Random Thoughts: A Manhattan Native’s 15 Years Living in New England
Let’s talk town fair. Three giant beans on a placemat win a blue ribbon. A kid with a cow on a frayed rope. Walking it like a dog. Fried dough, horse manure. The works. Cora (not her real name) tells me I’ll be cold. My black windbreaker from the Splendid China Chang Jiang cruise ship won’t be warm enough. She hands me a fluffy black UConn sweatshirt and notices the frown on my face when I spot its huge red embroidered letters.
I do not do Husky hoopla. Or Yankee or Mets hoopla. I am hoopla-less when it comes to organized sports. She tosses me the sweatshirt and says, “it matches.”
The Somers, Connecticut, Four Town Fair is 165 years old at this moment. I’m there with my friend Cora who is native to rural Connecticut. Raised on a dairy farm. Cora’s jonesing to show me some local-local culture. We go. Eat fried dough, see the doodlebugs, “adult vegetables,” and children’s collections: dolls, cars, paintings, bottle tops. One kid displays his condiment collection. I love this. I hope he grew up to design Barney’s windows in New York.
Next, the cow pen. We admire prize cows, then prize sheep. I want to hug the sheep. My native Connecticut friend talks me out of it. “They’re nasty,” says Farm Girl. “You’ve got to dig the caked doo-doo out of their butts.”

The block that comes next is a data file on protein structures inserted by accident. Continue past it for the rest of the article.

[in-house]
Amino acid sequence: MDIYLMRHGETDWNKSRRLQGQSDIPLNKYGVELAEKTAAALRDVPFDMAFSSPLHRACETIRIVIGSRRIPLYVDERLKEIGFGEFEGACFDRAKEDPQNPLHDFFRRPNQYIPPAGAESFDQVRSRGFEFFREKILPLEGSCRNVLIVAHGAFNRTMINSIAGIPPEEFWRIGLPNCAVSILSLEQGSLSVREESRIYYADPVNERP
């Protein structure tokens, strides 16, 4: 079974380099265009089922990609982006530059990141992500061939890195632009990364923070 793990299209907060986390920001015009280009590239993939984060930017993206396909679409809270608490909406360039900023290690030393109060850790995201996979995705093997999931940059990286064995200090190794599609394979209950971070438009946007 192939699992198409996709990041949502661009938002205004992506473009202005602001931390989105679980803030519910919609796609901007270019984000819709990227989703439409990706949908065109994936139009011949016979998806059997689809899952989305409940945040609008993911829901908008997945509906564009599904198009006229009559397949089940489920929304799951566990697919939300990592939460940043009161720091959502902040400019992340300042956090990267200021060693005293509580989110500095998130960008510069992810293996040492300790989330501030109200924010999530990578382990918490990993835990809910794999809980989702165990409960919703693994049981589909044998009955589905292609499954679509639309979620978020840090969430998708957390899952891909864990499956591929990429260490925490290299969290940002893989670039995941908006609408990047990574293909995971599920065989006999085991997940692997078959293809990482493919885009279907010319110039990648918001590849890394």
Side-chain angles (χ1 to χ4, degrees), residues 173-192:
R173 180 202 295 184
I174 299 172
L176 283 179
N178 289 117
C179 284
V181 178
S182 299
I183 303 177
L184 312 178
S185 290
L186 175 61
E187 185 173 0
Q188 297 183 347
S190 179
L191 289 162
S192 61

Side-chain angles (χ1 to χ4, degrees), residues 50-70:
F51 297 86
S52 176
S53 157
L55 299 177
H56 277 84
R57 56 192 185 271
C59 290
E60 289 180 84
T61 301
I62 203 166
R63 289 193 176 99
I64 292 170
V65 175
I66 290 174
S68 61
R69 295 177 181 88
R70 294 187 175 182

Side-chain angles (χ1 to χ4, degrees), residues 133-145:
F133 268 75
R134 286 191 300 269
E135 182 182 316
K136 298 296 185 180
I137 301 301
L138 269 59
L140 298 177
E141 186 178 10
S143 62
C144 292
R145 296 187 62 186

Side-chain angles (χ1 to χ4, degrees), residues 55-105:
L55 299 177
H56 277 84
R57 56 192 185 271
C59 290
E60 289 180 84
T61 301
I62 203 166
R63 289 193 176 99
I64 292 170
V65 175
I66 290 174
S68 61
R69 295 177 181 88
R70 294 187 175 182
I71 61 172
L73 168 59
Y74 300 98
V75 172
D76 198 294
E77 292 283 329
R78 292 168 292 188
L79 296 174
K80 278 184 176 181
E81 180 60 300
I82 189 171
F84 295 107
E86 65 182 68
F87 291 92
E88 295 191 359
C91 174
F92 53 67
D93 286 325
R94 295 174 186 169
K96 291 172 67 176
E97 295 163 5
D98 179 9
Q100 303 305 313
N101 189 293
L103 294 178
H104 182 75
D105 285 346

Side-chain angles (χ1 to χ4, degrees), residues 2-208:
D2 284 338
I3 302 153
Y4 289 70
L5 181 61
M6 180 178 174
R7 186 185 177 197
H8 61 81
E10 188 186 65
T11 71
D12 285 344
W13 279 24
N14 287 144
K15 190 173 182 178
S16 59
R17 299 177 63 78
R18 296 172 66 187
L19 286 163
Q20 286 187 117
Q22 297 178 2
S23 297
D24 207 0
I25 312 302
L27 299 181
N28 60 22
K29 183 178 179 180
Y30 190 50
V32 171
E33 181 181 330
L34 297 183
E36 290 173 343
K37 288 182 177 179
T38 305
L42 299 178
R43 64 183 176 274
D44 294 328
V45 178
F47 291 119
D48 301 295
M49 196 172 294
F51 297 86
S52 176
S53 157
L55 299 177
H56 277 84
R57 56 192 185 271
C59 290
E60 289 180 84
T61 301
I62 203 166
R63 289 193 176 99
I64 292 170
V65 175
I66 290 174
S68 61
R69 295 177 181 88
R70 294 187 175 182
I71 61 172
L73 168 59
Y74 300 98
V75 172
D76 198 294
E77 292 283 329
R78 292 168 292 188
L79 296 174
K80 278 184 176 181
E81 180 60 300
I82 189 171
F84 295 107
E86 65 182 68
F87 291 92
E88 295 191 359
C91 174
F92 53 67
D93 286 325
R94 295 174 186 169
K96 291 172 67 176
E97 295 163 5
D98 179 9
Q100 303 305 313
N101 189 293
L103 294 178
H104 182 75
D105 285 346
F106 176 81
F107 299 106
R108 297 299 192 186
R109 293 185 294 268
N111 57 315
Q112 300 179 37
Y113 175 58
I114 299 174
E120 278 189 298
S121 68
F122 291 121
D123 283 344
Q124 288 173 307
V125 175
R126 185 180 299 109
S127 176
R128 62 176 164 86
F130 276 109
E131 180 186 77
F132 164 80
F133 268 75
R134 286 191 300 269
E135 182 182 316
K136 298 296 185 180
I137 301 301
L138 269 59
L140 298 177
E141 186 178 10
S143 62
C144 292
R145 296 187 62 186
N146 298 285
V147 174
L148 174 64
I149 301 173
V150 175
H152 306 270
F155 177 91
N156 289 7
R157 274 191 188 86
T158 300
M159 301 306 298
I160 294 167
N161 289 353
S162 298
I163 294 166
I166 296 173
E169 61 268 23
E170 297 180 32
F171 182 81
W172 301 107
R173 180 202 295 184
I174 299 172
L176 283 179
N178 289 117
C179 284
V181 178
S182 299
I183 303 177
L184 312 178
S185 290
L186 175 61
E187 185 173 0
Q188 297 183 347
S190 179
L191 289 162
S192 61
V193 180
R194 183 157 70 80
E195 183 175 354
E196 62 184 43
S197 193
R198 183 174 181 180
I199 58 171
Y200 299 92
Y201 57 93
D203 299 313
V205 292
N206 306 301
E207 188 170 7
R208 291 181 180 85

My pet sheep fantasy ends.
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I drive to Arlene’s house in Higganum, Connecticut. It’s fall and Arlene (not her real name) is giving the party just after dark which I hate because you can’t see a damn thing in suburban Connecticut at night.
Thank God her house is just off the main road, Rte. 10. But where to park? I can’t see the numbers on the houses. Then I get there (I think) and see two houses near each other. Which one? I. Can’t. See. The. Address. Numbers. The house is set back half a New York City block from the road. I’m not walking up to anybody’s house because the last time I did that in Connecticut the homeowner sicked a dog on me. This was in daylight. And I knew I was at the right house to which I’d been invited for this first time.
I didn’t know if Arlene had a dog and wasn’t keen to find out that night. Plus, I didn’t want to injure myself navigating what appeared to be a long wooden gate surrounding the house that might belong to my host. So, I got back in my car and called Arlene from my cell phone, which, in the 1990s was the size of a shoe.
“Where are you?” she asked.
“I think I’m right outside your house, but it’s pitch black; I can’t see a thing. I think there’s a fence here and I can’t see my way around it.”
“I’ll come out,” she said. I could hear the exasperation in her voice. And I don’t care.